Before doing research for this Prague trip, I had never heard of David Cerny, but one look at his outrageous sculptures made me want to see them for myself. Often evocative and always amusing, he creates large public sculptures that demand your attention.
After food, contemporary art is probably the one thing that excites me most about trips so I did my research and set aside a day so I could visit as many of his artworks as I could. I found nine, all of which you can visit in one day with little more than a 24-hr transport ticket.
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WHO IS DAVID CERNY?
David Cerny is a controversial Czech sculptor known for his provocative creations displayed in public areas around Prague. Honing his trade at the Academy of Arts, Architecture and Design from 1988-1994, he first gained notoriety in 1991 when he painted an important Soviet memorial tank pink and erected a large obscene finger on its turret. This was labeled an act of civil disobedience which resulted in Cerny’s brief arrest.
The body of work he’d produce since then would be cast in this same mold, churning out large-scale public sculptures that toed the line between provocative and shocking, offensive even. In fact, some of his proposed works were so risqué that they were never erected. In his words, “I just enjoy pissing people off”.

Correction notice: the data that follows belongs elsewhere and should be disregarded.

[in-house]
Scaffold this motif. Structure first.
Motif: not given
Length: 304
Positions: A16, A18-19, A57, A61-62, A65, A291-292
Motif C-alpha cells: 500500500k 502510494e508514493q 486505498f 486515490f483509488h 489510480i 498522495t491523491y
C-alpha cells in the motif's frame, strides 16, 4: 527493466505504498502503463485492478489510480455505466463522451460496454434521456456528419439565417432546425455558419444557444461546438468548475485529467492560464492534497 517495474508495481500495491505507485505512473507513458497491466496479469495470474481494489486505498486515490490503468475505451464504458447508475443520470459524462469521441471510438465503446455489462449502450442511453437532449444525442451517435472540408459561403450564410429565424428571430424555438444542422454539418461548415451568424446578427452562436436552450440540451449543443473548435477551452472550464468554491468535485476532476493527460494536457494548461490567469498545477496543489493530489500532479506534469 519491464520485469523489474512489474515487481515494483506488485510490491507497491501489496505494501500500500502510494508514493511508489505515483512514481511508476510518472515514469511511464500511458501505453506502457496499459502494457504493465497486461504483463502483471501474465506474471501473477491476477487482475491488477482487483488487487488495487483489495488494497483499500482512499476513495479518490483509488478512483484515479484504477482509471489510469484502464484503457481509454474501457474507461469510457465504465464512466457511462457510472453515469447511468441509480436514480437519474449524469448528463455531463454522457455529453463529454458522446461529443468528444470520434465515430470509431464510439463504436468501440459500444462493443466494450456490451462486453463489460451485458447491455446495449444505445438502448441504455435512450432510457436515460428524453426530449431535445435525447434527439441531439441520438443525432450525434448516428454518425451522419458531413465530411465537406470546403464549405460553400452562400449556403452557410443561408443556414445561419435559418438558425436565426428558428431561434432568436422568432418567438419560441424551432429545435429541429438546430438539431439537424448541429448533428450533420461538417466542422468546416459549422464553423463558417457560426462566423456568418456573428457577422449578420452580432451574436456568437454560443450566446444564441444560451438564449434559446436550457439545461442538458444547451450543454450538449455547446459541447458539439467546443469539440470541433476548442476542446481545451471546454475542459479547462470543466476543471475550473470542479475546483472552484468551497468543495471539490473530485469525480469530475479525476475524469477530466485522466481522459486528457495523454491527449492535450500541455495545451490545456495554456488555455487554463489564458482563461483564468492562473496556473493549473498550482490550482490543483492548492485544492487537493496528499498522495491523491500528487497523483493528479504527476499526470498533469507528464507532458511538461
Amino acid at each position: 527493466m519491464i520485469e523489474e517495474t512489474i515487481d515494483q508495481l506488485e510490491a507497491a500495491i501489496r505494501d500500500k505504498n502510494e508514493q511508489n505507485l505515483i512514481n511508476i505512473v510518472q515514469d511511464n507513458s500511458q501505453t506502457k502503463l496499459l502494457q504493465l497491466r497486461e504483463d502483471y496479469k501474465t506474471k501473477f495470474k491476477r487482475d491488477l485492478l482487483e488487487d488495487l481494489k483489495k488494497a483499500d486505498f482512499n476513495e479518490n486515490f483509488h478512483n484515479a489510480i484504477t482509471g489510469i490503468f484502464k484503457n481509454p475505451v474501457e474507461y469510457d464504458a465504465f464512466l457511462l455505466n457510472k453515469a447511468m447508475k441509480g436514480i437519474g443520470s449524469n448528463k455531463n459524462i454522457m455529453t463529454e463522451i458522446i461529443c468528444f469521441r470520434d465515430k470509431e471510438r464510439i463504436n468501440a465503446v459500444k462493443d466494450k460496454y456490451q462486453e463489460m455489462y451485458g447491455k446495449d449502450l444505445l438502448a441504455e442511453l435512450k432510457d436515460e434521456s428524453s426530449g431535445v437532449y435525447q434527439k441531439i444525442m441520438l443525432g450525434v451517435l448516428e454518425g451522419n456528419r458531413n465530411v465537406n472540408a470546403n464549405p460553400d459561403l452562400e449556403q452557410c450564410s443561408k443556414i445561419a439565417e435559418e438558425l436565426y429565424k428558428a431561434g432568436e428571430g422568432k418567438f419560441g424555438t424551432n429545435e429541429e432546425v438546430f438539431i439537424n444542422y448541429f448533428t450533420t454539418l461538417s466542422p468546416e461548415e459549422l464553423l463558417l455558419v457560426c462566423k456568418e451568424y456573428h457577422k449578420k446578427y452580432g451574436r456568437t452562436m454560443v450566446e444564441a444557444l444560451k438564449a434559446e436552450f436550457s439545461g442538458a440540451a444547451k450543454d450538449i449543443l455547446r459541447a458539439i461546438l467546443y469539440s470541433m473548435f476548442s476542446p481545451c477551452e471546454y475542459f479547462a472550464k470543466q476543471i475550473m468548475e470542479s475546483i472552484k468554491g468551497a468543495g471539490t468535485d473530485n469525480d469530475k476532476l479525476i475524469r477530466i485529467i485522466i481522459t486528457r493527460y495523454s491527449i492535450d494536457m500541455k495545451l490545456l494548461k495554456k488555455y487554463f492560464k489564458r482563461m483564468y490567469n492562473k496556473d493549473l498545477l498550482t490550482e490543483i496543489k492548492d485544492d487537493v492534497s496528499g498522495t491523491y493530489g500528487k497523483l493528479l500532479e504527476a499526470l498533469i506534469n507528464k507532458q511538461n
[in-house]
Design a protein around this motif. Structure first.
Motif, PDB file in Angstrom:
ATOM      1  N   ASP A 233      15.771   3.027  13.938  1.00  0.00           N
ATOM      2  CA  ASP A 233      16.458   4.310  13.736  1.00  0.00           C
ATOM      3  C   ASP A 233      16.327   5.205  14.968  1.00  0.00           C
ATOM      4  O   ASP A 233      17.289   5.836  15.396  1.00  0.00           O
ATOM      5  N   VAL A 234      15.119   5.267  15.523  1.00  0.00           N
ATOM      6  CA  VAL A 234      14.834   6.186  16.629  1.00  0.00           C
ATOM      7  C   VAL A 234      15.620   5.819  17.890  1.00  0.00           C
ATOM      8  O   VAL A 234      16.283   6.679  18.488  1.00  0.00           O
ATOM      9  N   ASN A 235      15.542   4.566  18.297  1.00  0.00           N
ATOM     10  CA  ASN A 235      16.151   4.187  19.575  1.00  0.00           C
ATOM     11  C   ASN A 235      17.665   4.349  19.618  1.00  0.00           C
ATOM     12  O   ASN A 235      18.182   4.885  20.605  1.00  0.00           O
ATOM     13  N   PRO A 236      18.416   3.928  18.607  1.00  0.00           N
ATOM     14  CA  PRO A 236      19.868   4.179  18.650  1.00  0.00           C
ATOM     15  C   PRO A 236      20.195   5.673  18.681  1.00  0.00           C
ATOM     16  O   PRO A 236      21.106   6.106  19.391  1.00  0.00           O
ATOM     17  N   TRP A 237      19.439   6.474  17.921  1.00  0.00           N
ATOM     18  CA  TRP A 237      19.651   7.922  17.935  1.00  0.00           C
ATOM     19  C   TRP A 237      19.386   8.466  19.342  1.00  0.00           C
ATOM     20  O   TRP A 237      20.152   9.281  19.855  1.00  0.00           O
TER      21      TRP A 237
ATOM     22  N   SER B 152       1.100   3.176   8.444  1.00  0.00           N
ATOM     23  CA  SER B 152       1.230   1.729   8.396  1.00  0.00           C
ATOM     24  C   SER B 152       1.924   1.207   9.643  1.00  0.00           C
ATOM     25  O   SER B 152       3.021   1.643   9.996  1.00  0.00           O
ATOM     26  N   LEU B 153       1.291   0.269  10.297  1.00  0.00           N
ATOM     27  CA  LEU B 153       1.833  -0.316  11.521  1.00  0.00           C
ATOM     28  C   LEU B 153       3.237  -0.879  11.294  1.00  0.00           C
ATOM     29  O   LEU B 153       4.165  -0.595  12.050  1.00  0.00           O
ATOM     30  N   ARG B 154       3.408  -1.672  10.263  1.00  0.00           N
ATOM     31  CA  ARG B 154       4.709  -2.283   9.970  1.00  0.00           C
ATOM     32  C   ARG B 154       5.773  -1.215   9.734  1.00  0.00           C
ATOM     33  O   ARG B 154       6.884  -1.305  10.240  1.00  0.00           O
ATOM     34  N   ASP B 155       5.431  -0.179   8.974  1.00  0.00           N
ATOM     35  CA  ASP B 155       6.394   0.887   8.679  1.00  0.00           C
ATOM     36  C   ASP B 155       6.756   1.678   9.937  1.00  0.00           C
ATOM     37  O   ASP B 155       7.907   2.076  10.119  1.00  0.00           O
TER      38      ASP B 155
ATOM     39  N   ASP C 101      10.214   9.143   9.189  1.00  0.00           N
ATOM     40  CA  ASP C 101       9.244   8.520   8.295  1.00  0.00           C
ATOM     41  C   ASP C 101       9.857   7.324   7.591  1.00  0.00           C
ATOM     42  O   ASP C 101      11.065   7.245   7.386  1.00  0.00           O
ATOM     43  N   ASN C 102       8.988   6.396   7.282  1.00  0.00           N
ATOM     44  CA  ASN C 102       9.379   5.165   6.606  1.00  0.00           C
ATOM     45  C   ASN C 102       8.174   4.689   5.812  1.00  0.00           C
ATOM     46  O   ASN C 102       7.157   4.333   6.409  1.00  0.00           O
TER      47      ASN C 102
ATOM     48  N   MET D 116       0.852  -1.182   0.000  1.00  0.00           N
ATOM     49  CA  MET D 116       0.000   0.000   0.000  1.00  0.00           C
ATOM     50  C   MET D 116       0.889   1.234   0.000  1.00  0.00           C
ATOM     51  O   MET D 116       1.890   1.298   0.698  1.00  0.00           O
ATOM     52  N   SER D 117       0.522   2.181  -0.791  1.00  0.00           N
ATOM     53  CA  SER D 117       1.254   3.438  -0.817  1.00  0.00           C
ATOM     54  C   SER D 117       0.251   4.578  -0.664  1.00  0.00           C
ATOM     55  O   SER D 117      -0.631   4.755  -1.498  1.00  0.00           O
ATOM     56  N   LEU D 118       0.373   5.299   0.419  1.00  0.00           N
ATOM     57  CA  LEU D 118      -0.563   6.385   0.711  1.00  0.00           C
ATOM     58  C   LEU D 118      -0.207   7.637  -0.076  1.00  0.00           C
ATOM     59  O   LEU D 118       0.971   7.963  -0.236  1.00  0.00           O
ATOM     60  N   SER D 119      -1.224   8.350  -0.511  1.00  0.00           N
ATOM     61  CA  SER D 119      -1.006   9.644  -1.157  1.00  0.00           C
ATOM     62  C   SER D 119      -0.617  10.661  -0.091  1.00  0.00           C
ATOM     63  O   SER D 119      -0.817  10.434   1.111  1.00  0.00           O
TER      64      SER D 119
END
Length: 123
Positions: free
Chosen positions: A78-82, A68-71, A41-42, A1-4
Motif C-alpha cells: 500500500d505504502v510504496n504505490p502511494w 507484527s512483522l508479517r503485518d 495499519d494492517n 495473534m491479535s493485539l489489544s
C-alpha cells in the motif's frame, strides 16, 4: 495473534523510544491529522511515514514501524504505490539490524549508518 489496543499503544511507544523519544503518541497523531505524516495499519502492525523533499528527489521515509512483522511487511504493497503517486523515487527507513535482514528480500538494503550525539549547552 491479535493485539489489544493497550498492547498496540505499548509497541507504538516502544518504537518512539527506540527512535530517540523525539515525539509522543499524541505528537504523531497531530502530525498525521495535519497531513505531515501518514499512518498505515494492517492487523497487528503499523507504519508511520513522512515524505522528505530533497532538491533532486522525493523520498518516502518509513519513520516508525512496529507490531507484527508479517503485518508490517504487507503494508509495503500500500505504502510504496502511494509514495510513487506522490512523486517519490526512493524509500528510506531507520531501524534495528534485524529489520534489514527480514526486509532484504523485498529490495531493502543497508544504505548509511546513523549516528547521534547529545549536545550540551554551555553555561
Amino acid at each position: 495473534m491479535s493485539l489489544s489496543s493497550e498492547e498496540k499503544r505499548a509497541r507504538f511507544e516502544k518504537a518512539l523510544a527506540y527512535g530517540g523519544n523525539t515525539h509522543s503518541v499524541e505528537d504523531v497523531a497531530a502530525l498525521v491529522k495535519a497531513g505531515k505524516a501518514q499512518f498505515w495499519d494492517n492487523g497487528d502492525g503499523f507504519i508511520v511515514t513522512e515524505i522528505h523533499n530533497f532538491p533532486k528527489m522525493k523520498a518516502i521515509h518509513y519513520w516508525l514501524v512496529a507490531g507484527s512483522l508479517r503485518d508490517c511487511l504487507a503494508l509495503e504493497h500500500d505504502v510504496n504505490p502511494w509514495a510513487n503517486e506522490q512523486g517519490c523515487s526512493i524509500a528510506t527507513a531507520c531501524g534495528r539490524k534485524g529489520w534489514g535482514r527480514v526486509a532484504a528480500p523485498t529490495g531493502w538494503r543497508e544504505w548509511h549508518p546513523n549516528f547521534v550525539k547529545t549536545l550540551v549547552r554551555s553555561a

DAVID CERNY SELF-GUIDED TOUR
Making your way to these sculptures takes time so you’re free to check out only the pieces that interest you. With that said, it is possible to see the nine listed here but it’ll take you the whole day. If you’d like to do that, then I suggest leaving your hotel no later than 9AM to give you enough time.
Listed by creation date below are the nine sculptures with a brief description for each. They’re mostly located in public spaces so they’re free to visit. Be sure to check out our art tour tips and location map at the end of this post to help you plan your route.
1. Man Hanging Out (1996)
This humorous statue of a man hanging from one hand is probably the Cerny sculpture that most tourists will see. At least the ones that look up. It hangs about 20 meters (65.6 ft) above the often crowded Husova Street in the Old Town.
Dangling from a rod jutting out from the building’s roof, the sculpture depicts Sigmund Freud, the father of psychoanalysis. Why Freud? No one seems to really know, but he did formulate a theory on the causes of fear, including that of the fear of heights. Perhaps it’s related.
Whatever its meaning, this sculpture has been displayed in other parts of the world, from London to Grand Rapids, Michigan where it was mistaken for a suicide. A poetic (and perhaps intended) reaction since Freud himself died by assisted suicide.
2. Saint Wenceslas (1999)
In Wenceslas Square you’ll find a heroic statue of Wenceslaus I mounted on a horse. Here inside Lucerna Palace on the left is Cerny’s parody of that statue.